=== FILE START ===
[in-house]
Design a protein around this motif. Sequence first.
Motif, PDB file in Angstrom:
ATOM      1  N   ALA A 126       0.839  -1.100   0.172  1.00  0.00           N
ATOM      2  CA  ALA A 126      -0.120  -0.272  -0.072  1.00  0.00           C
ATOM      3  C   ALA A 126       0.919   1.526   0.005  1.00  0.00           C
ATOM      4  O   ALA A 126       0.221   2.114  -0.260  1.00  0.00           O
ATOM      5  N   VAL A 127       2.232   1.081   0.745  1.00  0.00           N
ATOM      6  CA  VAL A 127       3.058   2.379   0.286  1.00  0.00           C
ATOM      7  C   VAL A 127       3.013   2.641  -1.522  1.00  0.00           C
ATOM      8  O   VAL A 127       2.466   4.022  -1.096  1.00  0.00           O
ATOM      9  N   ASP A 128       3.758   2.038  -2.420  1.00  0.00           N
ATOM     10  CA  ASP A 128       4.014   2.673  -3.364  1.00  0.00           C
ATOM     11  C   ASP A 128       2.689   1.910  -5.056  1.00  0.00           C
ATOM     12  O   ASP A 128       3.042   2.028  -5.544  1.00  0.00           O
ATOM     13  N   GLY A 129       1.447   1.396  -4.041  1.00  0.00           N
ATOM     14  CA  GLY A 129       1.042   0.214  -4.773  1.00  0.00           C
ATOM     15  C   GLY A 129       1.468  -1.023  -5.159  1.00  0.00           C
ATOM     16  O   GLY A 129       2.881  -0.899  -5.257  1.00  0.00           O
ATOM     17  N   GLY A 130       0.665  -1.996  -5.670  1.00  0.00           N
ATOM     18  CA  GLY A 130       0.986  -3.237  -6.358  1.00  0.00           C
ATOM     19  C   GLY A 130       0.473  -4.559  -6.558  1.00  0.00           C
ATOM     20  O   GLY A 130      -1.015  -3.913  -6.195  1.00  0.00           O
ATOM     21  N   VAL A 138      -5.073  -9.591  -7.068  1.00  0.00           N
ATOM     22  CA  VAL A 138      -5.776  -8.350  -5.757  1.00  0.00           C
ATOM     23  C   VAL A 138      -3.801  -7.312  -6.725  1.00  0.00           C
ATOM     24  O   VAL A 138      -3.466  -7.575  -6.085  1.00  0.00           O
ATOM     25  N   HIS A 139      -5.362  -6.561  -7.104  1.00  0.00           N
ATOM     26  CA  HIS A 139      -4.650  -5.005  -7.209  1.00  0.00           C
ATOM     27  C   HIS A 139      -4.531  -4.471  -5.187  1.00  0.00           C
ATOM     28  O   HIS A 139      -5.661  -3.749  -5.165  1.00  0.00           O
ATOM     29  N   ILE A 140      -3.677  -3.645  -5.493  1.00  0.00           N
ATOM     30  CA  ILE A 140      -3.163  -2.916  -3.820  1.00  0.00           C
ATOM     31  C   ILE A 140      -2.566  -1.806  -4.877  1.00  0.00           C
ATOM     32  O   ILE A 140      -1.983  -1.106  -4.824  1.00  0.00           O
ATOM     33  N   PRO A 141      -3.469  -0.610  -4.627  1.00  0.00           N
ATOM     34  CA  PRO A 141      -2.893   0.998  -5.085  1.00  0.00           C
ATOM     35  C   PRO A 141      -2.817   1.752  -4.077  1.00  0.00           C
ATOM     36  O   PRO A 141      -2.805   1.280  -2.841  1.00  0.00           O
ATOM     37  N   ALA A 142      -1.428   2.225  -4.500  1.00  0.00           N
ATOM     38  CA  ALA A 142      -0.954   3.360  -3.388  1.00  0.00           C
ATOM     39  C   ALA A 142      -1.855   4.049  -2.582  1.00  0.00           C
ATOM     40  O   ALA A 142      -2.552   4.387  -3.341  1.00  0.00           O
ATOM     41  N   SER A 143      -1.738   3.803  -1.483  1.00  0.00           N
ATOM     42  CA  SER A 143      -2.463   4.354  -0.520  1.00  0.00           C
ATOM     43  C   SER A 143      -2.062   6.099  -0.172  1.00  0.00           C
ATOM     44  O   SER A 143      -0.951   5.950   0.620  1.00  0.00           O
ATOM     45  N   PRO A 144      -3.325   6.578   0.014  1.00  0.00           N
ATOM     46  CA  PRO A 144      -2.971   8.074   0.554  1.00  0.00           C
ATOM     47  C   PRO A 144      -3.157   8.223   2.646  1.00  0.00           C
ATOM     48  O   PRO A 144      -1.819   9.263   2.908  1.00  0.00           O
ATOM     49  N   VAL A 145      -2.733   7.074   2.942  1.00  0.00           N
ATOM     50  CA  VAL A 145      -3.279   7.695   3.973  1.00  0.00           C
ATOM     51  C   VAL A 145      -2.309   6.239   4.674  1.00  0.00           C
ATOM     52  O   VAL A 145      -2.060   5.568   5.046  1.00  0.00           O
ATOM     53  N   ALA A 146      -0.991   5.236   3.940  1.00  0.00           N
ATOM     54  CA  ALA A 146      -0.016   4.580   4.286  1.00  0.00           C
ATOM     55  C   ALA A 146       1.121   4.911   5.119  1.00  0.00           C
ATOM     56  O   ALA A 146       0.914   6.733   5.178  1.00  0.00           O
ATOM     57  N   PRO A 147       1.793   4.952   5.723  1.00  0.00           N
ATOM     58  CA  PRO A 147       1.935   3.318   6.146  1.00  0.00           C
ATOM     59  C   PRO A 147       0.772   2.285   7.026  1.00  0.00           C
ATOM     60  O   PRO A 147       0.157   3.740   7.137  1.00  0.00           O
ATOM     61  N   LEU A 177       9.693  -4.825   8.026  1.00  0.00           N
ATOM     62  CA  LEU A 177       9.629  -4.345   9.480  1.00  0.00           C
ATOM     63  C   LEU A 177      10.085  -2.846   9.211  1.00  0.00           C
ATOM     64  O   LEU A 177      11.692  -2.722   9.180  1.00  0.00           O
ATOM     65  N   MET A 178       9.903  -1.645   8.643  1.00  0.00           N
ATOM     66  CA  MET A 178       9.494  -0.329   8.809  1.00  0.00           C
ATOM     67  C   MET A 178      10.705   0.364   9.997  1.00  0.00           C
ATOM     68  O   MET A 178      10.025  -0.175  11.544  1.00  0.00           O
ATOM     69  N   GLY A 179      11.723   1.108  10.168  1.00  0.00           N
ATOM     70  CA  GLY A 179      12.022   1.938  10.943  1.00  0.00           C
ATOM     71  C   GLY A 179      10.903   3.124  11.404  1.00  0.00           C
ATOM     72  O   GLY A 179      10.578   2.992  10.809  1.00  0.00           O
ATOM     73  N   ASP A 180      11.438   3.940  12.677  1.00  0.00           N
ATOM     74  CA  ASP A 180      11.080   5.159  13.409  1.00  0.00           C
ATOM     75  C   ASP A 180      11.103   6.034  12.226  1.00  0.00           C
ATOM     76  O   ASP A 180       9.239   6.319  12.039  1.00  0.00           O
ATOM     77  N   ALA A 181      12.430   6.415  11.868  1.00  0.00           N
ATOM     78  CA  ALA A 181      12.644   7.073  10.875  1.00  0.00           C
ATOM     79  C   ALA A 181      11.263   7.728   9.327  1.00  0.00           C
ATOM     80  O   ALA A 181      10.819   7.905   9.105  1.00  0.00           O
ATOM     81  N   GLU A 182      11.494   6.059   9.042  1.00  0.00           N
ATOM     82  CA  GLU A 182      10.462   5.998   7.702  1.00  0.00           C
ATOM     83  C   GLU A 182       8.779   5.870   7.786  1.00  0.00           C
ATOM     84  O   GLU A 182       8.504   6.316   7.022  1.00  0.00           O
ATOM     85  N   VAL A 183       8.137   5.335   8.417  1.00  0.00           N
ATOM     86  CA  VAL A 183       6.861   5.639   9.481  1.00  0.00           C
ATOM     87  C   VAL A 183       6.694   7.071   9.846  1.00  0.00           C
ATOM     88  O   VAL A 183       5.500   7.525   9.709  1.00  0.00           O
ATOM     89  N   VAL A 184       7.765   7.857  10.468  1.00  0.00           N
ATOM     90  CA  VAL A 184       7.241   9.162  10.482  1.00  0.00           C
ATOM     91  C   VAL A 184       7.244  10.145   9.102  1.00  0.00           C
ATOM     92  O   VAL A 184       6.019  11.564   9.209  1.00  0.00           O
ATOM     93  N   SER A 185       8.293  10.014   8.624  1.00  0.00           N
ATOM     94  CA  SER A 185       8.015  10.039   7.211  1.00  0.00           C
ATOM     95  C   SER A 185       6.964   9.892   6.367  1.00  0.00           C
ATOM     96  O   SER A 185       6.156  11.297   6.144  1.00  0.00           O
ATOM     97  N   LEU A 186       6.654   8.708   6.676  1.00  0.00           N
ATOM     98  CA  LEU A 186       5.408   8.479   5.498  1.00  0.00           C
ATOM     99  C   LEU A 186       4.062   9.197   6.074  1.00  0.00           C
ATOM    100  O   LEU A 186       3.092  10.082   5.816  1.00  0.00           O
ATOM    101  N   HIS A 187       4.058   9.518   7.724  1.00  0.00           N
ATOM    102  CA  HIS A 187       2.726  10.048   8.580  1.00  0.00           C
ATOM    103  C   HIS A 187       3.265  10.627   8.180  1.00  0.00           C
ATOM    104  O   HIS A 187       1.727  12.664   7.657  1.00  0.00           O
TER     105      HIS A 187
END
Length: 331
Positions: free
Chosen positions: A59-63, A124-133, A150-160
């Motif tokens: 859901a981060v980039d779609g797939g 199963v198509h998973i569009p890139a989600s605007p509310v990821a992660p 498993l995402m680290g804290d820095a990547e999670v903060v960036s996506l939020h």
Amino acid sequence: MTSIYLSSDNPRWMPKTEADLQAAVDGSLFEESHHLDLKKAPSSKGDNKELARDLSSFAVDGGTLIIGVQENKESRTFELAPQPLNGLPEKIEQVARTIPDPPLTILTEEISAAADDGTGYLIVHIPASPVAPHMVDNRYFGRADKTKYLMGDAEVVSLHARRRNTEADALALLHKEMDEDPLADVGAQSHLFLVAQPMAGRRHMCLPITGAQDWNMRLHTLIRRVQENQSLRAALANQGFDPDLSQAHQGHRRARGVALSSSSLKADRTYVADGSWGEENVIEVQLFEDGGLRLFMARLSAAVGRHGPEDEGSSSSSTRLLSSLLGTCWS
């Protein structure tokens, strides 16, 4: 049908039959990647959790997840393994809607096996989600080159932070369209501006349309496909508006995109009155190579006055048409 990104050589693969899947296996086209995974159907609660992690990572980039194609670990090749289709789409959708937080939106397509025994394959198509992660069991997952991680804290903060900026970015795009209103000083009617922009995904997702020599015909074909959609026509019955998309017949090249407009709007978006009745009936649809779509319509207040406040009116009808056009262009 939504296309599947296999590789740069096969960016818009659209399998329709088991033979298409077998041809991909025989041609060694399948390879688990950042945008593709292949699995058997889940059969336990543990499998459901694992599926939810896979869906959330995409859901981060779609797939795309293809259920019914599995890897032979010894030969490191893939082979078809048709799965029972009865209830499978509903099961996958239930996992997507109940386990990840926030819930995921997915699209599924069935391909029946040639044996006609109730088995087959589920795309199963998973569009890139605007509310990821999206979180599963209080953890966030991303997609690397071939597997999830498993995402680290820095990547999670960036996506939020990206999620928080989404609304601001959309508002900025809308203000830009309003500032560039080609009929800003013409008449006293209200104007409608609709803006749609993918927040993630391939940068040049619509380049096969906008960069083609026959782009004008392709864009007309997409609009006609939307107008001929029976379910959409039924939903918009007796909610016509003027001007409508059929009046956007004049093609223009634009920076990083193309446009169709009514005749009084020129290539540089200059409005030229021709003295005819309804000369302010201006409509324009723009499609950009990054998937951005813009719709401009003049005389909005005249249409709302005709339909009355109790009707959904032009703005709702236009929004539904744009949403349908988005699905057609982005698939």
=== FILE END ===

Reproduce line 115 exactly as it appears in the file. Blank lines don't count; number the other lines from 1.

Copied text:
């Protein structure tokens, strides 16, 4: 049908039959990647959790997840393994809607096996989600080159932070369209501006349309496909508006995109009155190579006055048409 990104050589693969899947296996086209995974159907609660992690990572980039194609670990090749289709789409959708937080939106397509025994394959198509992660069991997952991680804290903060900026970015795009209103000083009617922009995904997702020599015909074909959609026509019955998309017949090249407009709007978006009745009936649809779509319509207040406040009116009808056009262009 939504296309599947296999590789740069096969960016818009659209399998329709088991033979298409077998041809991909025989041609060694399948390879688990950042945008593709292949699995058997889940059969336990543990499998459901694992599926939810896979869906959330995409859901981060779609797939795309293809259920019914599995890897032979010894030969490191893939082979078809048709799965029972009865209830499978509903099961996958239930996992997507109940386990990840926030819930995921997915699209599924069935391909029946040639044996006609109730088995087959589920795309199963998973569009890139605007509310990821999206979180599963209080953890966030991303997609690397071939597997999830498993995402680290820095990547999670960036996506939020990206999620928080989404609304601001959309508002900025809308203000830009309003500032560039080609009929800003013409008449006293209200104007409608609709803006749609993918927040993630391939940068040049619509380049096969906008960069083609026959782009004008392709864009007309997409609009006609939307107008001929029976379910959409039924939903918009007796909610016509003027001007409508059929009046956007004049093609223009634009920076990083193309446009169709009514005749009084020129290539540089200059409005030229021709003295005819309804000369302010201006409509324009723009499609950009990054998937951005813009719709401009003049005389909005005249249409709302005709339909009355109790009707959904032009703005709702236009929004539904744009949403349908988005699905057609982005698939």